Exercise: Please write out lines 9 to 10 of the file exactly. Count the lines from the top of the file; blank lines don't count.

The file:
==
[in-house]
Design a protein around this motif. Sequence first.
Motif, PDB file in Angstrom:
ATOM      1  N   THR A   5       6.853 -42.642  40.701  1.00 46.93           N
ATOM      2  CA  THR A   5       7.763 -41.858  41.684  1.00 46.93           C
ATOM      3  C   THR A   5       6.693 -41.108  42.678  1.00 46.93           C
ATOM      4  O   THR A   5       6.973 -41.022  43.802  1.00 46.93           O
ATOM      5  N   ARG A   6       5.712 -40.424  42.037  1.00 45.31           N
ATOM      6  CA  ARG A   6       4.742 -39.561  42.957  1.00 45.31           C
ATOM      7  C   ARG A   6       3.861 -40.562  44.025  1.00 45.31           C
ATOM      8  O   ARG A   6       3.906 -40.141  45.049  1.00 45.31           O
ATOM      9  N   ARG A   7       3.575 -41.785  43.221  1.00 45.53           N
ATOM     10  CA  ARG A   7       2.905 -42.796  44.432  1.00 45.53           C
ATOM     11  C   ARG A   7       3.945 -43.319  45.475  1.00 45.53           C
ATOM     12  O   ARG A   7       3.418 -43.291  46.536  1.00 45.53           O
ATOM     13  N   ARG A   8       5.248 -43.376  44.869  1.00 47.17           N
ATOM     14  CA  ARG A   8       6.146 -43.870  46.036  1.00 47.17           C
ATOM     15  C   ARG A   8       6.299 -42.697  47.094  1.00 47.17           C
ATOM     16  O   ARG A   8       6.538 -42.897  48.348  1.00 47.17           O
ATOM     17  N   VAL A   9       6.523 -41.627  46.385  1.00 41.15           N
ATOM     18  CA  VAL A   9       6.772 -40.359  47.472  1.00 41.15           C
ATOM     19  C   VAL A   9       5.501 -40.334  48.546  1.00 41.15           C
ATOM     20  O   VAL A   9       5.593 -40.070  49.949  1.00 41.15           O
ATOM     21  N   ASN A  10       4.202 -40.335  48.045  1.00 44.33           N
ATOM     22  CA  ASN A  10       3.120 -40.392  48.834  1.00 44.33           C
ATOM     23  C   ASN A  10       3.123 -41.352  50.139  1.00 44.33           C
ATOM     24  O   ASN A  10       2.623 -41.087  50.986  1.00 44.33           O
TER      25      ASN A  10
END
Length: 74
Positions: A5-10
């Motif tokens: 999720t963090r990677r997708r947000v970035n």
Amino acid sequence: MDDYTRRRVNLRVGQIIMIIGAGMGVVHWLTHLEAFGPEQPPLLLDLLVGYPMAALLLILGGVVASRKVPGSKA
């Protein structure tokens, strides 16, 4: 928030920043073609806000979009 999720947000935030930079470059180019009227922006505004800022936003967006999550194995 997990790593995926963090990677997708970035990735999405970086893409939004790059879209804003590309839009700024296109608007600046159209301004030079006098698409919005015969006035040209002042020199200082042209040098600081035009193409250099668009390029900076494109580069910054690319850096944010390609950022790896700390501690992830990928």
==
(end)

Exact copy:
ATOM      6  CA  ARG A   6       4.742 -39.561  42.957  1.00 45.31           C
ATOM      7  C   ARG A   6       3.861 -40.562  44.025  1.00 45.31           C